10 Western University

Western University is a public research university located in London, Ontario. It was established in 1878 and is the oldest English-language university in Canada. The school has an enrolment of about 27,000 students and offers over 200 programs across 8 faculties. Its science program consists of 14 departments and 32 research centres/centres of excellence that allow students to study at the undergraduate level or pursue graduate studies.

Western’s Science department offers a wide range of programs including biology, chemistry, computer science, earth sciences and physics among others. At Western you will have access to state-of-the art facilities like the Richard P Bond Life Sciences Centre (and other similar centres around campus), which includes laboratories for molecular biology research as well as an animal care facility; this helps researchers conduct their experiments efficiently without having to relocate from one location to another each time there’s need for new equipment or tools during their work hours

11 You can study science in Canada at many excellent schools.

If you’re looking for an excellent college or university to study science in Canada, there are a number of options. Two of the best are McGill University and the University of Toronto. Both schools offer both undergraduate and graduate degree programs in many different fields, including biology, chemistry and physics (to name just a few). Tuition fees at these schools vary by program type and can range from approximately $10,000 to over $30,000 per year.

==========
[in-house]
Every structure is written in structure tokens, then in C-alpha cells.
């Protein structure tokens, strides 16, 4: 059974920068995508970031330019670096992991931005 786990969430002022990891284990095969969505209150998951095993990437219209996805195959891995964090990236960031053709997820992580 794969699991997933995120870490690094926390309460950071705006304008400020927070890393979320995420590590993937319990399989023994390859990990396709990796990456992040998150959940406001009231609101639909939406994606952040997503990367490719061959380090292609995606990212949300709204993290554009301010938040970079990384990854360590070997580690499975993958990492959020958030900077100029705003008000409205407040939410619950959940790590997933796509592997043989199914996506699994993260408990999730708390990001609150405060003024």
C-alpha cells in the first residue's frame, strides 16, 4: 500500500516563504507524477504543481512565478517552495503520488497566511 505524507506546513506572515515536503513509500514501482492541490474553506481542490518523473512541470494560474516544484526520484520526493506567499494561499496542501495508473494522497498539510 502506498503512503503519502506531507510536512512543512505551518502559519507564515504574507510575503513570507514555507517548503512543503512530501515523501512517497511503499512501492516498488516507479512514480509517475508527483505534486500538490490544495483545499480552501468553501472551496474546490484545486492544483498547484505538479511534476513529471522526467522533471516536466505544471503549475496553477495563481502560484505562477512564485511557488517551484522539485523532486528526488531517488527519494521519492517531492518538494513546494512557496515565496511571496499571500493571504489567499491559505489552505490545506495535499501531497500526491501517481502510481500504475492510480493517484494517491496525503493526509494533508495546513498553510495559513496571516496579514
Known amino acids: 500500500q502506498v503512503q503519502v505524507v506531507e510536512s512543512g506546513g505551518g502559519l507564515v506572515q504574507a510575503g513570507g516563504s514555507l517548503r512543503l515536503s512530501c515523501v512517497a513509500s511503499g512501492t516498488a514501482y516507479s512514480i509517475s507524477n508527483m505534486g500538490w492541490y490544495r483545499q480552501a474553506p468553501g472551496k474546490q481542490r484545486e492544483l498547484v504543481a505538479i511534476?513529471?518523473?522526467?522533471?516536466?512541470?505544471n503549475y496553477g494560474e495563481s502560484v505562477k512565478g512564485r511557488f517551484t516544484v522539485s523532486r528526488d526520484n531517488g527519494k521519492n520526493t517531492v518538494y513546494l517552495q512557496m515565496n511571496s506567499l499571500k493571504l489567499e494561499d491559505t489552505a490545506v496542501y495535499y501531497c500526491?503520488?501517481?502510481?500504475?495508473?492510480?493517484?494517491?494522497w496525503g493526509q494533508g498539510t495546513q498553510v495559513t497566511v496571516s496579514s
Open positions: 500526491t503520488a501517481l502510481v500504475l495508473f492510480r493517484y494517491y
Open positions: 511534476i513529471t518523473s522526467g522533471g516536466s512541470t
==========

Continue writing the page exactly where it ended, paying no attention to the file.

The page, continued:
The campuses at both McGill and UofT are located in Montreal or Toronto respectively; however since both cities have their own international airports this shouldn’t be much issue for students who plan on travelling back home frequently during breaks from classes! The student populations at each location are also fairly large; between 20-40k students per campus which means there’s always someone around when you need help with your homework or want someone to grab dinner with after class 🙂


There are many excellent universities in Canada that offer excellent science programs. We hope you find the right school for you!

Add a Comment

Your email address will not be published. Required fields are marked *